Secretariat, at full throttle, would need two days to circle the horse trainer John Campo, who calls himself The Fat Man and for whom a herd of cows died to make a belt.

As for Eddie Arcaro, the Hall of Fame jockey is taller than two Racing Forms stood end on end, but skinnier than a cop's wallet. What these distinguished gentlemen of the turf have in anatomical common are vocal cords that, given free rein, would level forests for miles around.

Yakkity-yak-yakyakyak, if this week has the third Saturday in May, it must be Preakness Week at Pimlico. And, yakkityyak, if John Campo is in town, the eternally brash New Yorker is yakking up his Derby winner, Pleasant COLONY. and the little guy yakking back must be Eddie Arcaro, who works for ABC Sports as its expert racing commentator, a job heavy in its obligation to run your mouth.

Arcaro gives ABC a day's work for a day's pay. Fact is, he gives ABC a night's work for a day's pay. At a Preakness dinner for horsemen and press two nights ago, Arcaro and Campo found themselves locked in mouth-to-mouth combat. According to a witness who furnished the following dialogue, these distinguished gentlemen of the turf traded ethnic and medical insults loudly. They nearly fell to fisticuffs. As far as is known, neither held his breath until he turned blue.

"You're a bad horse trainer," Arcaro said to Campo.

"You're a has-been," Campo said back. Then they really got mad.

Campo said, "You insulted my horse."

Arcaro said, "Buddy Hirsch was a better trainer than you by far."

As a distinguished gentlemen of the turf always does over a difference of opinion, Gampo said he wanted to make a bet.

"Ten thousand dollars I won more stakes than Buddy Hirsch," Campo said, naming the old New York trainer.

Soon enough, our witness reports, the bet was up to $100,000.

In the full glare of yesterday morning, breaking so soon after the night before, Campo wouldn't say yes or no to the size of the bet.

"If Arcaro won't put up," he said, "then shut up."

Arcaro said of the late-night debate, "No, you couldn't get Campo to bet with me in a year."

These distinguished gentlemen attended the Alibi Breakfast today, a Pimlico affair at which owners, trainers, jockeys and the press get together for such discussion of the Preakness as won't get in the way of the truth. Most everybody wore a coat and tie, save for the women in their pastel finery and John Campo in his golf shirt and ball cap.

"I can tell you right now who's going to finish 1-2-3-4," Campo said into a microphone, and he picked up a race program. "Partez will win, Paristo second, Bold Ego will be third and Highland Blade could be second but probably will be fourth."

Somebody caught on. "Those are the computer picks out of the newspaper, right?"

"That's right," said Campo. "Only kidding."

Campo loves Pleasant Colony, whose Derby victory was the trainer's first in 21 Triple Crown races. Against Secretariat, Spectacular Bid and Seattle Slew, Campo would love Pleasant Colony. One lonesome midnight of Derby Week, Campo took a newspaperman to his horse's stall at Churchill Downs and said to watch this.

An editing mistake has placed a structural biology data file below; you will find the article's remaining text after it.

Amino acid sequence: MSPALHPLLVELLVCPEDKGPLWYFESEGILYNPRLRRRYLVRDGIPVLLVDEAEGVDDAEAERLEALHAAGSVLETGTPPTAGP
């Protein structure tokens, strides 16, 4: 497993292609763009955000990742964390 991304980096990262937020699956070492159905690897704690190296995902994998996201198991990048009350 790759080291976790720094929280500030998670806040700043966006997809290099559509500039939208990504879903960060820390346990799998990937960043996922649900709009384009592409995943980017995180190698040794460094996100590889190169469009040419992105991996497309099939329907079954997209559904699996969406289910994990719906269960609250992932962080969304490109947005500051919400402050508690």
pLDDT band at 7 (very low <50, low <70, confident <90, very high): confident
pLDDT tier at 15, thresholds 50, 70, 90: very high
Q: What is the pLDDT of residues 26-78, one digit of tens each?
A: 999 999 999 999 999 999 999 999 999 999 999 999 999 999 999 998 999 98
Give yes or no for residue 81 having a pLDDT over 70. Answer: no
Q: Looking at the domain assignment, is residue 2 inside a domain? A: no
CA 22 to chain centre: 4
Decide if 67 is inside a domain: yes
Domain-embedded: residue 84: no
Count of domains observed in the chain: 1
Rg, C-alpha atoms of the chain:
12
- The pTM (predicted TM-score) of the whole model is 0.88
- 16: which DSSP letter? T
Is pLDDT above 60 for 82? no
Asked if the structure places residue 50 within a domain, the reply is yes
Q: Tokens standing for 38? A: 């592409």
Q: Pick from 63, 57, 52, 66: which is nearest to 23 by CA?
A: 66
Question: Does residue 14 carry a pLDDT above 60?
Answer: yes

Campo flopped onto the straw next to his big horse, who, raising its head, then rested its nose on Campo's wonderful pillow of a stomach.

Given a perfect ride in the 21-horse Derby by Jorge Velasquez, Pleasant Colony came from behind to win by three-quarters of a length. The early speed horses, Bold Ego and Top Avenger, were burned out at the top of the stretch, leaving the last-quarter running to Campo's sweetheart, fast-closing Woodchopper and Partez, who finished third after a long, strong run.

Someone asked Arcaro to say into the microphone his predictions for the Preakness.

"I get into trouble every time I give my opinion," Arcaro said, and then he picked Partez to win with Woodchopper second and Pleasant Colony third.

My, my such disrespect for the Derby winner. Arcaro's myopia my be incurable, in fact, for the first symptoms appeared in mid-April and it is only getting worse. Back in April, right before the Wood Memorial, someone came to Campo to say, "Arcaro says Cure the Blues has the look of a Derby winner."

Time flies in horsedom. Cure the Blues now has the blues, beaten convincingly in both the Wood and the Derby. So now we know Arcaro was wrong, but Campo knew it on the spot.

"Arcaro? What's he know?" Campo said then. "Looked like a Derby winner, eh? Looked like a rat to me."

Campo often refers to horses, sometimes those in his keep, as cows, goats, garbage and rats. The romance of the sport of kings seldom turns him blind against the faults of his hayburners. The affection he feels for Pleasant Colony is based less on the colt's midnight nuzzlings that on its Derby daylight spring at 40 to 1 in the winter book. Campo is said to have put down $1,000 at that price and another $2,000 when the odds fell to 10 to 1.

So when The Fat Man -- sometimes known as The Mound of Sound -- says he believes in Pleasant Colony, it may be time to turn down Arcaro and get down $2 of our own.

At what odds, Round Mound?

"I'm a real good handicapper," Campo said, "and I make my horse 8-5. Don't be surprised if he wins. He's a nice horse, nice."

Arcaro picked Pleasant Colony third.

"Arcaro wouldn't know a horse if one was put in front of him," Campo said.